The Ten Most Overused Medical Tests and Treatments

I often write about how difficult it is to evaluate the quality of health care.  There is no Consumer Reports (CR) for healthcare, I argue, because while CR can rate mid-priced refrigerators briskly and clearly, in a way that makes comparisons easy, it is often all but impossible—even for a physician—to be positive of the relative benefits of a great many medical treatments. 

But if it’s hard to sort out the “best” healthcare, it may be easier to spot both negligent and unnecessary care.  As a hospital CEO once told me, “Our patients know whether they like the food, and the views, and whether the nurses are pleasant. They really have no way of knowing whether they are getting very good care or mediocre care . . . Though,” he added, “they are more likely to be able to tell if they are getting bad care.”

With that thought in mind, it might be worth taking a look at Consumer Report’s list of the 10 most overused medical tests and treatments. Thanks to  Gary Schwitzer of the University of Minnesota’s  School of Journalism and Mass Communication for calling attention to this list on his always interesting Schwitzer Health News Blog.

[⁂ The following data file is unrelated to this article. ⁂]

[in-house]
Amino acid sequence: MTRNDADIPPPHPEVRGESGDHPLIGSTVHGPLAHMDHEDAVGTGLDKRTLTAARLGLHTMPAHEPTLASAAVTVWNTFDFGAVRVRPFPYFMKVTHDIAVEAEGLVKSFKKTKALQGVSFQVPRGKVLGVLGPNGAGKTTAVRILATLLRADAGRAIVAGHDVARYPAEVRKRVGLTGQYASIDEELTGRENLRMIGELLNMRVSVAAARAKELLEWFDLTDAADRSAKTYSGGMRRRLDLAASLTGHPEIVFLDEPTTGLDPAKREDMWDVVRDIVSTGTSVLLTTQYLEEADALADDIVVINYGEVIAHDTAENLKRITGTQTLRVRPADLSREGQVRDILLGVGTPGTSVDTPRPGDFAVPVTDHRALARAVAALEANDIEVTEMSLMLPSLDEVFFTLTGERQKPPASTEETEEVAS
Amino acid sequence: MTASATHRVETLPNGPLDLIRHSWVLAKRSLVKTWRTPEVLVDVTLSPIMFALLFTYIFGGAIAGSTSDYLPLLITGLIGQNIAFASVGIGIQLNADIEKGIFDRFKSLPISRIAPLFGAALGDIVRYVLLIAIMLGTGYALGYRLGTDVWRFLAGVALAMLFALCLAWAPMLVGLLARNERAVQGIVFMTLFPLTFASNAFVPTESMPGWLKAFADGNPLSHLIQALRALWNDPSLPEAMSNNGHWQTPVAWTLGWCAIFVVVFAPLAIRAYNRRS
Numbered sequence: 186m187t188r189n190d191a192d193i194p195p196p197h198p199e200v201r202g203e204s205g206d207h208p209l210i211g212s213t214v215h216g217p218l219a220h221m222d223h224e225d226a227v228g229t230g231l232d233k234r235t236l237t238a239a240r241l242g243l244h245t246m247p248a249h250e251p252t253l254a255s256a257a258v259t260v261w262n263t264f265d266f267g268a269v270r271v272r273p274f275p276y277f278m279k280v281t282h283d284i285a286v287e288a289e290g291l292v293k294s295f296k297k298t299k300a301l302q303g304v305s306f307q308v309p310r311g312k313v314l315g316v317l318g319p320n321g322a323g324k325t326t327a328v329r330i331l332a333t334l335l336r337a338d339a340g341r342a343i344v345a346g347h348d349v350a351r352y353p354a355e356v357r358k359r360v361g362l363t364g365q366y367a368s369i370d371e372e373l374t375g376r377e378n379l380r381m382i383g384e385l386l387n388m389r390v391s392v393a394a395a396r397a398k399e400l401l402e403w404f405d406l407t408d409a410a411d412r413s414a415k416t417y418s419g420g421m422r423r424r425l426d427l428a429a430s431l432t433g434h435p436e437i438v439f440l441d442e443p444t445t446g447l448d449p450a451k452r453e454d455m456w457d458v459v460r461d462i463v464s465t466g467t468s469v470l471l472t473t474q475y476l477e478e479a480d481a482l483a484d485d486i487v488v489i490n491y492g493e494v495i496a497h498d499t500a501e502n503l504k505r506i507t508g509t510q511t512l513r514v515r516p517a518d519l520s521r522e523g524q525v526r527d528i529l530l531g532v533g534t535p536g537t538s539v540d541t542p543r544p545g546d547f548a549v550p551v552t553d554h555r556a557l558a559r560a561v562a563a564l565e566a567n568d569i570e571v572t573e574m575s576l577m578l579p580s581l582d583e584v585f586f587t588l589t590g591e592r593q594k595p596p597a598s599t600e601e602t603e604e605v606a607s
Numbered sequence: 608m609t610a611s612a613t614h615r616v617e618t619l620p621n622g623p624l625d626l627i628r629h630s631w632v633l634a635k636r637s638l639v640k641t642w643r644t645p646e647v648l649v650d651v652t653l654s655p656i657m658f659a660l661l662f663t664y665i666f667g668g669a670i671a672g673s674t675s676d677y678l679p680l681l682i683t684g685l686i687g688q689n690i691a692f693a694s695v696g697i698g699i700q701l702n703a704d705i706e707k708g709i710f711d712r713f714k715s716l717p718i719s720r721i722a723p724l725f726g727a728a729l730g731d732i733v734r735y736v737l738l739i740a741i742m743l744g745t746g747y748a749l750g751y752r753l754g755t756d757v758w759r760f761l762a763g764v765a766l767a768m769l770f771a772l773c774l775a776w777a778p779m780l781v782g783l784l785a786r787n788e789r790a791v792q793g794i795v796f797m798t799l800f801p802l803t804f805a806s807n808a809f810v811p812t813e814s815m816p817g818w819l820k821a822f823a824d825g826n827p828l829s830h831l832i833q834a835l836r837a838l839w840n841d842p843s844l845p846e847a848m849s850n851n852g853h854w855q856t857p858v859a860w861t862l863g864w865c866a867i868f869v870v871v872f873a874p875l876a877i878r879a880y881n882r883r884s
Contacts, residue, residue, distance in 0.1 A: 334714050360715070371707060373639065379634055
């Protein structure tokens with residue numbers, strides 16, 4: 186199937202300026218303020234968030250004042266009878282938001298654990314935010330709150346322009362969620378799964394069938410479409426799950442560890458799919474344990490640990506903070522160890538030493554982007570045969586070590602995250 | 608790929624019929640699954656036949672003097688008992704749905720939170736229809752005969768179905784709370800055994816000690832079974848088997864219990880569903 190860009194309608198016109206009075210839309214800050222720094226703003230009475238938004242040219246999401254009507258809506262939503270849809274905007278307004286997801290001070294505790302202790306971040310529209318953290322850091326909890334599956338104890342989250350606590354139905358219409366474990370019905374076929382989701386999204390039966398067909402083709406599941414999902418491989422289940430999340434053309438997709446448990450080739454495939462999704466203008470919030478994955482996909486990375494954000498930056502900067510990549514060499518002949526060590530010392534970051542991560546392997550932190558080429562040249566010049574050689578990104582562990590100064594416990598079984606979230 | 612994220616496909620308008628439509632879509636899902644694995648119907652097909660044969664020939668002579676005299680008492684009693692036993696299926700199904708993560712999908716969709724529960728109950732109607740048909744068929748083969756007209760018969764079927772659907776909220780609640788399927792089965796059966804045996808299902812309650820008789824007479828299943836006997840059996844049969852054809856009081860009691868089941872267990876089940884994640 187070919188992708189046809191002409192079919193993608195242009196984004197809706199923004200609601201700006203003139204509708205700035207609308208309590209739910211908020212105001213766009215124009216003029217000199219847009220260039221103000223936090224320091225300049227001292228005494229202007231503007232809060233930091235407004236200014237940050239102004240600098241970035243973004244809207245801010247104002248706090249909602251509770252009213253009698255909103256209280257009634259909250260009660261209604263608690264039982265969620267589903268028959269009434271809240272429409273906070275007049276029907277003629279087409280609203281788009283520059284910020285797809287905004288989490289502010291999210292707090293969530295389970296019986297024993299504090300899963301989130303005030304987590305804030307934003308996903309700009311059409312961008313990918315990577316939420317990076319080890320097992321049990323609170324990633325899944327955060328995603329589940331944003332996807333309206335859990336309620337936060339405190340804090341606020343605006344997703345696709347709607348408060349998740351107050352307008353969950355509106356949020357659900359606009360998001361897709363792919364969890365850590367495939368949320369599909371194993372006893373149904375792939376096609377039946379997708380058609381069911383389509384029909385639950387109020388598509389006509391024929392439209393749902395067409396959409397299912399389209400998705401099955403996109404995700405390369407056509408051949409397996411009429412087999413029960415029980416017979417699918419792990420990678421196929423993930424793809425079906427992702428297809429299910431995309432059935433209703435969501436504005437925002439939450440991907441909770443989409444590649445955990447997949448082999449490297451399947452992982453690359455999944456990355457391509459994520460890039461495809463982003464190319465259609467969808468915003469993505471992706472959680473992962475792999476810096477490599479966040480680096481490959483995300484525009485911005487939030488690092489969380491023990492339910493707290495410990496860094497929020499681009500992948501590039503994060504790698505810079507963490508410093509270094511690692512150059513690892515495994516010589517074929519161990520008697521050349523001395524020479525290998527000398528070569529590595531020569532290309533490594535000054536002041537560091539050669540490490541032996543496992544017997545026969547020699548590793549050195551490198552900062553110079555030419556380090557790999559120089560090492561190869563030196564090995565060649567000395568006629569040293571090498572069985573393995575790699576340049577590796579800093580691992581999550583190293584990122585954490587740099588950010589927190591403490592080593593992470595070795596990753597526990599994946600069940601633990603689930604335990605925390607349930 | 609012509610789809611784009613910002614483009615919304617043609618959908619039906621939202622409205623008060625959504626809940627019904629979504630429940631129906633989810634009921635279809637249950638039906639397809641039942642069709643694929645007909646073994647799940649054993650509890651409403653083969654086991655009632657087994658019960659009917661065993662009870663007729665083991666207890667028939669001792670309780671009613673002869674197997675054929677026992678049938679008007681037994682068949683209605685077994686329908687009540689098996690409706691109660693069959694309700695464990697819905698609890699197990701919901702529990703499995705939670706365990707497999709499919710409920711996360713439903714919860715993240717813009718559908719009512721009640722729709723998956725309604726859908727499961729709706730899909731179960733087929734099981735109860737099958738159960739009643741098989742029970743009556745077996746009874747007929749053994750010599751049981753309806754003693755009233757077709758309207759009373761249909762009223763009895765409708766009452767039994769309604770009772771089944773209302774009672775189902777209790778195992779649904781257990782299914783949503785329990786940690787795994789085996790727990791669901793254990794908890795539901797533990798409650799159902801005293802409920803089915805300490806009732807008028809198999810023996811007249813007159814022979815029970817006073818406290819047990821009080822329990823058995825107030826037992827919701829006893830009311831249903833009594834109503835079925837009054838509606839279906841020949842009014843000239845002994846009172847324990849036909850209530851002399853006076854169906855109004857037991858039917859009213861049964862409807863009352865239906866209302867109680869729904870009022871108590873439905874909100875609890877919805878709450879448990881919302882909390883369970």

As Schwitzer points out, “You can quibble with the list, but you can’t help but commend CR for raising public awareness about the medical arms race.  And this list is just part of a broader special section on overspending on overtreatment.”

To see CR’s explanation below each item on the list, click here. In general, CR is focusing on cases where we’re not certain
whether the benefits of the procedure outweigh the risks. For any
particular patient, the test or treatment might make sense, but there
is a consensus among physicians and health care experts that we are
doing far too many of these procedures.


3 thoughts on “The Ten Most Overused Medical Tests and Treatments

  1. Maggie;
    On target.
    Efficacy(DOES IT WORK?)is way understudied because much of what we do in Medicine doesn’t work at best- at worse-does harm.
    We must define efficacy as improving quality or length of a quality life-not changing a lab value.We are measuring the wrong outcomes!. You know the old joke- The operation was a success but the patient died.
    My favorite writer in this arena is Dr. Nortin Hadler who wrote the most important book since Illich’s “Medical Nemesis”.Hadlers book is “The Last Well Person”
    We need to read and listen to Hadler.
    Dr. Rick Lippin

  2. it’s tough, let’s say someone ‘qualifies’ for and ICD, if you do not offer it and implant it then you can be sued.